NEWS AND COMMENT – TAIWAN: I wrote about this earlier. It concerns a smuggling operation when purebred cats of great value are smuggled from mainland China to Taiwan using the sea route. The smugglers have been intercepted and the cats confiscated. It is now reported in The Guardian newspaper that, in total, the cats had an estimated value of 10 million new Taiwan dollars which equates to US$357,504 and tragically they have all been put down i.e. euthanised causing outrage. Click to read an earlier account.
Funny how policy is so easily quoted when it suites – Peter Stormonth on Twitter
This appears to be a very large smuggling operation with a continual number of boats transporting these cats between China and Taiwan. In this latest intervention (there have been many others) coastguards intercepted a fishing vessel from China on Thursday which was about 40 nautical miles off the coast of Kaohsiung, Taiwan. The Coast Guard officials discovered 62 cages containing purebred cats of the breeds: Russian Blues, Ragdolls, Persians, American Shorthairs and British Shorthairs.
Government officials decided to euthanise them because they were concerned about a biosecurity risk under Covid policy and the risk of rabies which exists in China. They didn’t know where the cats came from and therefore, they felt they had to euthanize them all. But this drastic measure has caused outrage among Taiwanese people and animal rights groups.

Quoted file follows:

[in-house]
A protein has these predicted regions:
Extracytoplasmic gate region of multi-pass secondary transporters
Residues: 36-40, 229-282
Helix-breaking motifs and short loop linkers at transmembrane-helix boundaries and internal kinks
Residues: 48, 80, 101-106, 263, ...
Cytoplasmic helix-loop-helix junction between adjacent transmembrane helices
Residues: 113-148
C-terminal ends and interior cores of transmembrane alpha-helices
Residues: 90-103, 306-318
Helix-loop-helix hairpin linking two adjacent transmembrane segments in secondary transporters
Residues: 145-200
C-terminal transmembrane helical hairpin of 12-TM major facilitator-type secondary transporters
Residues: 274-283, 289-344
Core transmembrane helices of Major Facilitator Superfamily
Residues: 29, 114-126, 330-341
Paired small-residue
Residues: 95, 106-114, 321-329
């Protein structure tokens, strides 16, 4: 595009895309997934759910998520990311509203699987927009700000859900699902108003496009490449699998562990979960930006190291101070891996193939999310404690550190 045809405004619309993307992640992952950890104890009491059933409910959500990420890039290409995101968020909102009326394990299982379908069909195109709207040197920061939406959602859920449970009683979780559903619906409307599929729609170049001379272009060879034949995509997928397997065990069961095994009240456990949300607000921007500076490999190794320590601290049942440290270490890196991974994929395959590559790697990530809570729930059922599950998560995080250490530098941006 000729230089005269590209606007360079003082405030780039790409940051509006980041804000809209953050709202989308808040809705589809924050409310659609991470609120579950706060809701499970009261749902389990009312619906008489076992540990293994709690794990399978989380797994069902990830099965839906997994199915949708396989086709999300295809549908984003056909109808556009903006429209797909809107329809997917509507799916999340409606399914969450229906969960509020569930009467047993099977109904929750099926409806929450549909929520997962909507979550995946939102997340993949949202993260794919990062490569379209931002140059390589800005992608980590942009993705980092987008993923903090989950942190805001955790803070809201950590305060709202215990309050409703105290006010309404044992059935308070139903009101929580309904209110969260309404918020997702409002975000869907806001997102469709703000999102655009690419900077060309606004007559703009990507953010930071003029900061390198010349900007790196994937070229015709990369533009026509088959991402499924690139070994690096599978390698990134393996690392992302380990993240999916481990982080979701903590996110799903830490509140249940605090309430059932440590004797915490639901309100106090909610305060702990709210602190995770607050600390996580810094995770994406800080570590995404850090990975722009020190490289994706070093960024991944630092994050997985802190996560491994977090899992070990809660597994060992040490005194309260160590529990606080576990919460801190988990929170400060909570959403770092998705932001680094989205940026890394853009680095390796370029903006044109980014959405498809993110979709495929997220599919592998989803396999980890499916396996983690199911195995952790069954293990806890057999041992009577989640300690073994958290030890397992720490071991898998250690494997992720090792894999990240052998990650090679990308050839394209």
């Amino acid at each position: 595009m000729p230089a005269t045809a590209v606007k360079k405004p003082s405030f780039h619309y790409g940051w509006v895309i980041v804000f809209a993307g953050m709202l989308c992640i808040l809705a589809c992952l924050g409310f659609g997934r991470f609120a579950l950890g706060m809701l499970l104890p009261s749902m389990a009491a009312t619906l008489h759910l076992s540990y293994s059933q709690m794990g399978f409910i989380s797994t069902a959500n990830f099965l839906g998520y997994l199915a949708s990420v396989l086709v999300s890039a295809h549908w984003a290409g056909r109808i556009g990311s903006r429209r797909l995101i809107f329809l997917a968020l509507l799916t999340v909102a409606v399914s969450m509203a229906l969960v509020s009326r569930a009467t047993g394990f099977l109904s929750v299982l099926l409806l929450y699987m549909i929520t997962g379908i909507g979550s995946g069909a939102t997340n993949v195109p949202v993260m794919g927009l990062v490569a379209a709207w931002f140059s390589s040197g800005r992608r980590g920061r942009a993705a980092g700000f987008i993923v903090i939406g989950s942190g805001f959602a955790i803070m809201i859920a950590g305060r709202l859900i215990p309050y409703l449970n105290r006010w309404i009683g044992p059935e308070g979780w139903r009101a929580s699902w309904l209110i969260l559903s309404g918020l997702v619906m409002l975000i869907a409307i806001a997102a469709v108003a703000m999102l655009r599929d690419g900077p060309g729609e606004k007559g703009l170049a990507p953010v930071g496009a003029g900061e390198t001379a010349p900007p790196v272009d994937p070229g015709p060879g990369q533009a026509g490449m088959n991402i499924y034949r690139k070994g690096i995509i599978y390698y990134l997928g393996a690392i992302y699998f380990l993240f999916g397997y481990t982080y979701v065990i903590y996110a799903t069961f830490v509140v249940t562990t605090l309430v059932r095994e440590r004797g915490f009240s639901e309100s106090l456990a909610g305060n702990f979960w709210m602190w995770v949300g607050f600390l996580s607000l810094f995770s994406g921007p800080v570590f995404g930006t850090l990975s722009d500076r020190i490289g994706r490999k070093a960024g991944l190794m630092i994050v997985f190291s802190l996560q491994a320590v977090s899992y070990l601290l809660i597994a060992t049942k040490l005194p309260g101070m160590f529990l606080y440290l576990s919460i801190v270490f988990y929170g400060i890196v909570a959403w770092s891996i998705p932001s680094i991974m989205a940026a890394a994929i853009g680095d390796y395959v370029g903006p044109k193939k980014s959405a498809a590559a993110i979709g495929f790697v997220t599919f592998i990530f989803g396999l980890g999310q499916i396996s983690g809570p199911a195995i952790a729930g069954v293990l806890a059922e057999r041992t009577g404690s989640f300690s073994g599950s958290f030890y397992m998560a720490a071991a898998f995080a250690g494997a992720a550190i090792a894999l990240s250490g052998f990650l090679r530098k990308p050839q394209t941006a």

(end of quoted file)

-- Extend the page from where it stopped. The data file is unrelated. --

Taiwanese people like their cats in general and have a high rate of cat companion ownership. This is why, incidentally, this smuggling operation exists because they are feeding Taiwan’s desire to own fancy purebred cats. The cats killed are also currently very popular and Covid has increased adoptions due to social isolation. The outrage got so bad that Taiwan’s president, Tsai Ing-wen, who is a cat caregiver herself, decided to make a public statement.
She said that she was saddened by the event but blamed the deaths of the cats on the smugglers. She asked the public to understand that the authorities have to prevent the importation of diseases in smuggled animals. Notwithstanding that statement she said that amendments to the current law should be considered to allow for more humane treatment under these circumstances.
The criticism centres on the obvious, namely: “Why didn’t they put the cats into quarantine?” Why couldn’t they test the cats to see whether they had Covid? A lot of animals have been tested for Covid. It’s quite a routine veterinary diagnosis these days. So why couldn’t they have done that for these cats? Not only were they very valuable they were sentient beings. Holding the cats in quarantine would have cleared the treat of rabies which must have been extremely small.
They could have been rehomed in Taiwan after quarantine and testing. This is an obvious observation and it is quite clear to me that the authorities behaved rashly, callously and in an unthinking way.
The head of the Taiwanese government’s agriculture Council stood by the decision to kill the cats. They said: “Even after quarantine, these cats could still carry … diseases due to the long latency periods of viruses, which could pose a major threat to pets and farm animals in Taiwan.”
Taiwan is going to punish smugglers more severely through increased fines.
Would they have been the same outrage if the cats were non-purebred? And I think, too, Taiwan needs to look at their citizens’ desire to buy purebred cats rather than adopt rescue cats. You could argue that the only reason why the smugglers are doing this is to feed a surging market for purebred cats. This is about market forces and capitalism. To stop the problem at root you need to dampen down the desire to possess these animals.
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